As part of a series to mark Equal Pay Day, Moneyish asked some prominent women to share their thoughts and experiences around equal pay. Read more here.

When I first began reporting from the New York Stock Exchange in the 1990s, I faced some pushback. Some people didn’t want a reporter, much less a woman on the trading floor. When you do something that no one else has done before, it’s hard. People don’t like change, and here I was in an all-male sea of suits.

But the pushback made me stronger.  I decided that I needed to own the role and be the best I could be. I hoped the salary would follow but it wasn’t what drove me.

For so many years, Wall Street research was really hard to get. You’d only know that Goldman Sachs was upgrading or downgrading XYZ stock after the market closed rather than first thing in the morning, before the market opened. Slowly, I set out to get those sources to give me their morning call first thing in the morning so I could report the research changes to retail investors at the same time the big guys got it.  I would call every trading desk every morning.  After a while, I was getting research out to retail investors at 7 am, the same time the big money clients were receiving it.  That was one of the important things I was able to pioneer. It helped me make the case that I was bringing value and should be paid fairly and competitively.

We all create our own fate.

 

(Fox Business Network)

Jack Welch was my boss’ boss when I was at CNBC for many years. I was lucky to have such great leadership to learn from. One day he said something that stayed with me my entire career: “Control your own fate or someone else will.”  That comment changed the way I saw things. It told me that I was in charge of my life, that I could create my own fate simply by working hard. But how do you do that? By being indispensable to your company. More than anything else, that will make sure you are paid fairly. You won’t worry that you are not making what your male colleagues are, because chances are, you’ll be earning more than them.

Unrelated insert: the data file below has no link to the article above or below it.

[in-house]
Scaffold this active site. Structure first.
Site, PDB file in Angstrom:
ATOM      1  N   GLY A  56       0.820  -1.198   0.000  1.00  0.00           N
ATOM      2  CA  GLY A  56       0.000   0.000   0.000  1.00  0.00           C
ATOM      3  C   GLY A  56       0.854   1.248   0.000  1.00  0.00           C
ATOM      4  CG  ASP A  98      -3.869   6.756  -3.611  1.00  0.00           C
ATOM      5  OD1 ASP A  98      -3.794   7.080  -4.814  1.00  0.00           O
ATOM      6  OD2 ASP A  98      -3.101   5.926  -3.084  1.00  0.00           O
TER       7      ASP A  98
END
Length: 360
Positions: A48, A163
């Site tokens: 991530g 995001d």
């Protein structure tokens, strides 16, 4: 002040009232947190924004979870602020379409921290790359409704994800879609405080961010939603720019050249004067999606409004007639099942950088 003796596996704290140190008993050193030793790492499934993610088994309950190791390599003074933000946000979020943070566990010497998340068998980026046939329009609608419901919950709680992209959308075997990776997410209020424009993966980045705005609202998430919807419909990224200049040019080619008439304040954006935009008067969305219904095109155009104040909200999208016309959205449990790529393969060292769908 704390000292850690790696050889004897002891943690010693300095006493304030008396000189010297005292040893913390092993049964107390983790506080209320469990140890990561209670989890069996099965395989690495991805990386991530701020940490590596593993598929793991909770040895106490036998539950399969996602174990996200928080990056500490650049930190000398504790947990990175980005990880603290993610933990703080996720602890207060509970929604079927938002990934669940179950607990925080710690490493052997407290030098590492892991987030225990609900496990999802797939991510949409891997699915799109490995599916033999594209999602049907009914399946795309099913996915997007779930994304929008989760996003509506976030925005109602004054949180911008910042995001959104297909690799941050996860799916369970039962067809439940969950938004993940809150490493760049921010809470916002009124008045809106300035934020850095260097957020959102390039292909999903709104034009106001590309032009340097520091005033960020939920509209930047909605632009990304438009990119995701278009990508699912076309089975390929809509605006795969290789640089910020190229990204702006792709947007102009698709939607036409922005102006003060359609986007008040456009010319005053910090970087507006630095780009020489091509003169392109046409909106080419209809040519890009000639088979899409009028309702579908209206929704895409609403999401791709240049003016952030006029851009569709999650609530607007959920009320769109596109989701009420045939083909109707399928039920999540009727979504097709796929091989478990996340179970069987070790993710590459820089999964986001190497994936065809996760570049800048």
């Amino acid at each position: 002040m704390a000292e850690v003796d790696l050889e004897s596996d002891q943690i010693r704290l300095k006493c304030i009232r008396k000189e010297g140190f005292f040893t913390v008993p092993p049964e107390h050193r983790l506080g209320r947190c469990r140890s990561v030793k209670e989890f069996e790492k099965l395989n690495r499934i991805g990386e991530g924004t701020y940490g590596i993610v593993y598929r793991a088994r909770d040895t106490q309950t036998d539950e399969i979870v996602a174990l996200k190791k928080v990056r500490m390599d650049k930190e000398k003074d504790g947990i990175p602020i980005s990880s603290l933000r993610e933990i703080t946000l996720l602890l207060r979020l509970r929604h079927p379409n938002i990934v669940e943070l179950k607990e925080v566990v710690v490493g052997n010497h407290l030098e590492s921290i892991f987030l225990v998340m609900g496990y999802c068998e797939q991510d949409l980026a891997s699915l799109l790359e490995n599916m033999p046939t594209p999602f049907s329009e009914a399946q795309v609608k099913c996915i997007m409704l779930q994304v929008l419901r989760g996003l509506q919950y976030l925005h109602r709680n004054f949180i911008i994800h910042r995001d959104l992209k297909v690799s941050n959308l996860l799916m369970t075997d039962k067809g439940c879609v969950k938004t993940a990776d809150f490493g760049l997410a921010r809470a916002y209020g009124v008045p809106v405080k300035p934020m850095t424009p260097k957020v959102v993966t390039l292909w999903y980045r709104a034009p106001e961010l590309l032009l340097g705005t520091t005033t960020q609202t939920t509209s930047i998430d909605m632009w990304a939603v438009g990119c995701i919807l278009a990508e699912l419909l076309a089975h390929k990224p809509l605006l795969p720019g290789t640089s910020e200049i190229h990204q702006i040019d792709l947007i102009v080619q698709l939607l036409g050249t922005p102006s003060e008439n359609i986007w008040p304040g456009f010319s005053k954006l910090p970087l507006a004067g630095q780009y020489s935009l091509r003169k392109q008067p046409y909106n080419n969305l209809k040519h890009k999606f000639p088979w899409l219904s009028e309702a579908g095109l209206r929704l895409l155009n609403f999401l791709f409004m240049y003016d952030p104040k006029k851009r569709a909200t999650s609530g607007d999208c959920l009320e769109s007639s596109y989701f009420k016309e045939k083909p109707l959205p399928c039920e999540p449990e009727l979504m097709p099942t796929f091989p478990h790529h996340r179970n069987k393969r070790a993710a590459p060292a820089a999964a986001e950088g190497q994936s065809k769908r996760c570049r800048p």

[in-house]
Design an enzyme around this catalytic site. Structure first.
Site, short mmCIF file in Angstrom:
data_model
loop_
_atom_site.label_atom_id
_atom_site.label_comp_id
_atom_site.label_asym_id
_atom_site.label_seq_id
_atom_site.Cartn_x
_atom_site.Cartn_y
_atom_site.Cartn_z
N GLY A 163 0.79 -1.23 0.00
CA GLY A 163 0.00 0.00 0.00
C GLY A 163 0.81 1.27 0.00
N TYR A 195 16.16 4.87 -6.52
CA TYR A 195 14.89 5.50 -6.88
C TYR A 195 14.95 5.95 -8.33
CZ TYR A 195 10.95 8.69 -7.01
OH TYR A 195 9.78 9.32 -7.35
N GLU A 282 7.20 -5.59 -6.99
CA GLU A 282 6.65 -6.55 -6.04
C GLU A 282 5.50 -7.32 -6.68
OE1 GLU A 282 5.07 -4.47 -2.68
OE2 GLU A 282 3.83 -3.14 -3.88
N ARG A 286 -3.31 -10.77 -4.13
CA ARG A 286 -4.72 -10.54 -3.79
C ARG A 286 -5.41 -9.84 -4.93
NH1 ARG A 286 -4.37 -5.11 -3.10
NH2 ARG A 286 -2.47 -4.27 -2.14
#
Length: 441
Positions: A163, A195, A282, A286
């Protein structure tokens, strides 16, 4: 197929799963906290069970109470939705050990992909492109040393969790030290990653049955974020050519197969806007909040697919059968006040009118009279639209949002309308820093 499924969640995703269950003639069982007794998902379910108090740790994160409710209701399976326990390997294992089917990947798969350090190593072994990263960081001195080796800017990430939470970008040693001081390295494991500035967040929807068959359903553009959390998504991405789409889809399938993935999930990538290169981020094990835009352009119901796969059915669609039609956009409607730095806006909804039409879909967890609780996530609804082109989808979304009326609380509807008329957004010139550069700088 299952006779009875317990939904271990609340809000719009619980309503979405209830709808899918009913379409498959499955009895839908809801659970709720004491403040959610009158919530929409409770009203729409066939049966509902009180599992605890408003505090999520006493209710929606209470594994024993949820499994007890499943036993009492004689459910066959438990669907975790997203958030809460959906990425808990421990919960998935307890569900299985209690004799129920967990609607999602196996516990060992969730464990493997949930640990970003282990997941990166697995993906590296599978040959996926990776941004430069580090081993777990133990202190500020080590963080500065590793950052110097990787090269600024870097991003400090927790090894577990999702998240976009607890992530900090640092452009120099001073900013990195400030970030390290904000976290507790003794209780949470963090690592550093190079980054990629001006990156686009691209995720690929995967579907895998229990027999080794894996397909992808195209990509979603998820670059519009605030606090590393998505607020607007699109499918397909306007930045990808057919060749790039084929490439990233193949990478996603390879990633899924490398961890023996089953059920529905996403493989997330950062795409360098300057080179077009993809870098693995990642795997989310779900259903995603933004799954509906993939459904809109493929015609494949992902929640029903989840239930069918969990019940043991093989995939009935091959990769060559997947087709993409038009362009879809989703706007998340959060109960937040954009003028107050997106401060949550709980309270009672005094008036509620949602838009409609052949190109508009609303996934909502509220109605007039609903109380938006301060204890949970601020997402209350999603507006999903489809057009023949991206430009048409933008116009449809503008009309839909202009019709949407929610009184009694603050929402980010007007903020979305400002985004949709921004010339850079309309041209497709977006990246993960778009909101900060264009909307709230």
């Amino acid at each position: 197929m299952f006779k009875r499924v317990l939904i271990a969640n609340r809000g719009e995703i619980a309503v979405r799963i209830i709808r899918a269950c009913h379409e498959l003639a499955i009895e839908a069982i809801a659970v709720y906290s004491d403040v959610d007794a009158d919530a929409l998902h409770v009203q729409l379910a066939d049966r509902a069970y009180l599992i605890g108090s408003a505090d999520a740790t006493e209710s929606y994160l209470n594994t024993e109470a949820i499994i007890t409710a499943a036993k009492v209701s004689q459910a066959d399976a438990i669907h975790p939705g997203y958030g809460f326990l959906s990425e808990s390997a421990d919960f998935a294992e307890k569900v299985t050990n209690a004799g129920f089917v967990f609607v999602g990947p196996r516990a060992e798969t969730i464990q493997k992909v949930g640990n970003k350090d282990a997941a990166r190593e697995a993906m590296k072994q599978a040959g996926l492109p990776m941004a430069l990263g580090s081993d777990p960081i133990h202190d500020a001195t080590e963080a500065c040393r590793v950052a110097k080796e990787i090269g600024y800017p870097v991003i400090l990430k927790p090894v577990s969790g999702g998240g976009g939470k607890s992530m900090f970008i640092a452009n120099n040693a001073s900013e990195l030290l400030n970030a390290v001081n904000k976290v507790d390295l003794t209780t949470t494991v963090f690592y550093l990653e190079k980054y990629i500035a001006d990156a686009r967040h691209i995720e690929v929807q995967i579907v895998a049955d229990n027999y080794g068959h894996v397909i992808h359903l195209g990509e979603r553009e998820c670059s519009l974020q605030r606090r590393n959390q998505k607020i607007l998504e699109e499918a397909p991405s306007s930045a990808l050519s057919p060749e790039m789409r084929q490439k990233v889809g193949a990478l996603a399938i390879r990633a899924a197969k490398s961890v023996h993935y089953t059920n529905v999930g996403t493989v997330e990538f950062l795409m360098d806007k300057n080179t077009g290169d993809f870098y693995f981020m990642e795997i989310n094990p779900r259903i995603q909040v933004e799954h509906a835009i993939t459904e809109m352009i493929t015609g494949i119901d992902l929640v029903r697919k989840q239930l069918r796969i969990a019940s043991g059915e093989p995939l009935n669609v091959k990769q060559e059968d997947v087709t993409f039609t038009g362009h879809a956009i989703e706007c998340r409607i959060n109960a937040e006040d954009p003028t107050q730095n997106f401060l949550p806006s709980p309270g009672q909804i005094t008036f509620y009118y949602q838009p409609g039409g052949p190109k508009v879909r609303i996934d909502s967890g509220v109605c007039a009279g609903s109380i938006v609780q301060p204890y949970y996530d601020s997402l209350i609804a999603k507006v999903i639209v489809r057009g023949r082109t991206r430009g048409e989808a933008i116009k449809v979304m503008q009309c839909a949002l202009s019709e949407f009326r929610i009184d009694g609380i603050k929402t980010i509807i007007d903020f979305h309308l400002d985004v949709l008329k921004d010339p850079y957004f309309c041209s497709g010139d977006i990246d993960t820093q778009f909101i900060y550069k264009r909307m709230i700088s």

Strive for greatness.  Not what the guy next to you makes.

Of course, companies can do more to support women in the workplace. But they’ve already changed quite a bit. Companies realize the realities of family life and many now give paternity and maternity leave. A lot of reasons have been discussed over the years as to why women make less than men on average. Truth is, I don’t have the answer.  But I know this to be true: competitive pay comes from performance. Not expectations.

Working hard is important because in life, there are no shortcuts. It’s not about who you know or who your father knows. I have always looked at the world like that because of my own upbringing. For years, I watched my father sweating over a hot stove in our family restaurant’s kitchen and my mother working two jobs. That’s where I get my mindset that while we are all equal, our paychecks are not.  And there are some people who simply work harder and drive deeper   You have to earn the respect and the premium you want.  I still live that out today.

Forget expectations. Instead, ask yourself: “How will you become indispensable?”

Maria Bartiromo is Global Markets Editor of Fox Business Network, whose parent company shares common ownership with Moneyish publisher Dow Jones.